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Posts Tagged ‘French economy’

Commerce on dimanche: Should France expand Sunday store hours?

February 13th, 2015 No comments

Bonjour! I hope your new year is off to a great start.

As many veteran and new expats alike know, stores and shops in France tend to be closed or have limited hours on Sundays – especially outside of big cities. How many times have you needed groceries after 7pm on Sunday only to have to wait until Monday? This is not the experience in all stores – but it is often the case outside of Paris.

According to The Washington Post, France is currently debating whether or not to increase the number of Sundays shops can be open per year.

It is perhaps a surprising move from the French Socialist Party, but not as surprising knowing that the French presidential cabinet has appointed in recent months more conservative, business-friendly ministers like Macron who are cozying up to capitalism.

What are your thoughts? Feel free to share and post comments!

Bon weekend à tous !

France may finally allow more shops to open on Sunday
By Rick Noack
February 12, 2015

Baker Stéphane Cazenave is said to produce France’s best baguettes. However, according to French law, he can only produce those baguettes six days a week.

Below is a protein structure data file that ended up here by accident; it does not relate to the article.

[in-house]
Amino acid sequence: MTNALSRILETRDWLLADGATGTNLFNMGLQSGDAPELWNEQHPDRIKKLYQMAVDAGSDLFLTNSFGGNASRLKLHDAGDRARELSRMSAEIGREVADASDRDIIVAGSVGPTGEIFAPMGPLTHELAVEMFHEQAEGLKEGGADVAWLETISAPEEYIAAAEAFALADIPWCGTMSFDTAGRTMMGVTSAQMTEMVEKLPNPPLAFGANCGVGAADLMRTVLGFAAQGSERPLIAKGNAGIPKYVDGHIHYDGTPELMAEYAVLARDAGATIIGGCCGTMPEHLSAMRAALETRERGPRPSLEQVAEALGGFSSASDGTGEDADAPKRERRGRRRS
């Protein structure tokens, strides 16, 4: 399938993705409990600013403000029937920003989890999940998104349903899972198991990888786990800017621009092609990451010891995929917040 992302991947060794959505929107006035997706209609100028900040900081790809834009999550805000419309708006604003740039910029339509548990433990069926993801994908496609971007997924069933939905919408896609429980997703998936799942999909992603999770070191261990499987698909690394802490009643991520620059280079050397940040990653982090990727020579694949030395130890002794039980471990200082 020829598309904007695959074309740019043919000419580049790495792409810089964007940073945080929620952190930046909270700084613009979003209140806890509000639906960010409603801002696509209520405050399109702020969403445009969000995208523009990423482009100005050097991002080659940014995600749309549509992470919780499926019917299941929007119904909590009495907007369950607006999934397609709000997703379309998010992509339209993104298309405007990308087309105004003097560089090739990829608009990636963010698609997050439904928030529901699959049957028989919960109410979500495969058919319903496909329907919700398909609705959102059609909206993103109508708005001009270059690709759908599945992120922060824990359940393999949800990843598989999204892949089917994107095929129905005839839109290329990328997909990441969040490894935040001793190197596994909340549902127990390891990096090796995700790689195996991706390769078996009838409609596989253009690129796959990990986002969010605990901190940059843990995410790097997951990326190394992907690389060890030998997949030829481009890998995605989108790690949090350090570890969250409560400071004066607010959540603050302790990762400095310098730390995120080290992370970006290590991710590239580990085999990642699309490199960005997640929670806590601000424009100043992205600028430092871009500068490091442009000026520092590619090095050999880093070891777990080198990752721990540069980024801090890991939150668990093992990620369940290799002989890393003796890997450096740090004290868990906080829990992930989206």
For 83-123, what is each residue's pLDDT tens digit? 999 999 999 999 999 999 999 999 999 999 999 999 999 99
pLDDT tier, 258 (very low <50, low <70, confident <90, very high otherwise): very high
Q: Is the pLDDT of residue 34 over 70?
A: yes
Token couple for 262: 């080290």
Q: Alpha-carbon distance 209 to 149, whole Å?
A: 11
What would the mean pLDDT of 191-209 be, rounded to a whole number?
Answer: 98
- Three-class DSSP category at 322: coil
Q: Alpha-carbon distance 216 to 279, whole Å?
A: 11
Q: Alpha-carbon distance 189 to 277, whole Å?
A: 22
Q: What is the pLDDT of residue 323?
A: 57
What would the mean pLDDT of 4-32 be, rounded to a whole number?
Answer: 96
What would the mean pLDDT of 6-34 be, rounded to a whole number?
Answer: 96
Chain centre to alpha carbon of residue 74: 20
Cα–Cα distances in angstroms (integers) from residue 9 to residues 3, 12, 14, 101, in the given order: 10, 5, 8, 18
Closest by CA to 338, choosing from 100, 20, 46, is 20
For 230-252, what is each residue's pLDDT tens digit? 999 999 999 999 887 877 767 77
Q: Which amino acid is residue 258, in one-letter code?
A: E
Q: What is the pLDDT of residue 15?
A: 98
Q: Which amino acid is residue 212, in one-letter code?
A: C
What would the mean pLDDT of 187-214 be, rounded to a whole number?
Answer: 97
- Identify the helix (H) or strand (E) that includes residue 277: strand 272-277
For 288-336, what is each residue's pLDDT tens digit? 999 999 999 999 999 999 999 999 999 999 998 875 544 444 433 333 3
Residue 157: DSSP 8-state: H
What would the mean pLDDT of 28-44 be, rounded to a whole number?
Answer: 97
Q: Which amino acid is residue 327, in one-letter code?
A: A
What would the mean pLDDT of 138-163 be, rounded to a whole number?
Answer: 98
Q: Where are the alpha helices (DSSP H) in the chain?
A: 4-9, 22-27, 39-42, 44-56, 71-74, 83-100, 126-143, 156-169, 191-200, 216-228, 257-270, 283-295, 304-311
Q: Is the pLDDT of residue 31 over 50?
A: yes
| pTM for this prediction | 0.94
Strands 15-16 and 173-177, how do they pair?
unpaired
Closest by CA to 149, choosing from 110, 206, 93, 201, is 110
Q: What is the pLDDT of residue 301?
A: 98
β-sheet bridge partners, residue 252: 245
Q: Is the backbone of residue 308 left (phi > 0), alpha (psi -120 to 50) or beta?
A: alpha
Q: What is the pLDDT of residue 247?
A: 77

Cazenave had ignored that rule because demand for his baguettes was so high that he was able to employ 22 people seven days a week. Instead of being applauded, Cazenave now faces a lawsuit. “People see me like a thug just because I asked to work,” he told France Television. “Working shouldn’t be a crime in France.”

It might seem strange to Americans, but French businesses are often closed on Sundays in most parts of the country and are only allowed to open five times a year that day. Despite the French tradition of separating religion and state, labor unions and Catholic lobbies have so far succeeded in defending Sunday as a sacred ‘day of rest’ for the entire country.

This, however, could change. To many French, the current debate about allowing more businesses to open on Sundays is of a fundamental nature: Should the country become more commercial and capitalistic?

French President François Hollande believes so. He shocked many when he recently announced he would pursue a law known under the name of France’s economy minister Emmanuel Macron. The initiative aims to liberalize the country’s bureaucratic economy. For Hollande, a lot is at stake: Having so far been unable to decrease unemployment and boost growth, his popularity has sunk dramatically.

The law — pursued by a leftist Socialist Party government — is supposed to end a variety of monopolies and allow more competition, but its most contentious proposal is to allow stores and businesses to open more often. According to the draft, they could soon operate on 12 instead of five Sundays a year. Cities could decide on their own whether they would implement the rule, and there are exceptions in areas, such as in Paris.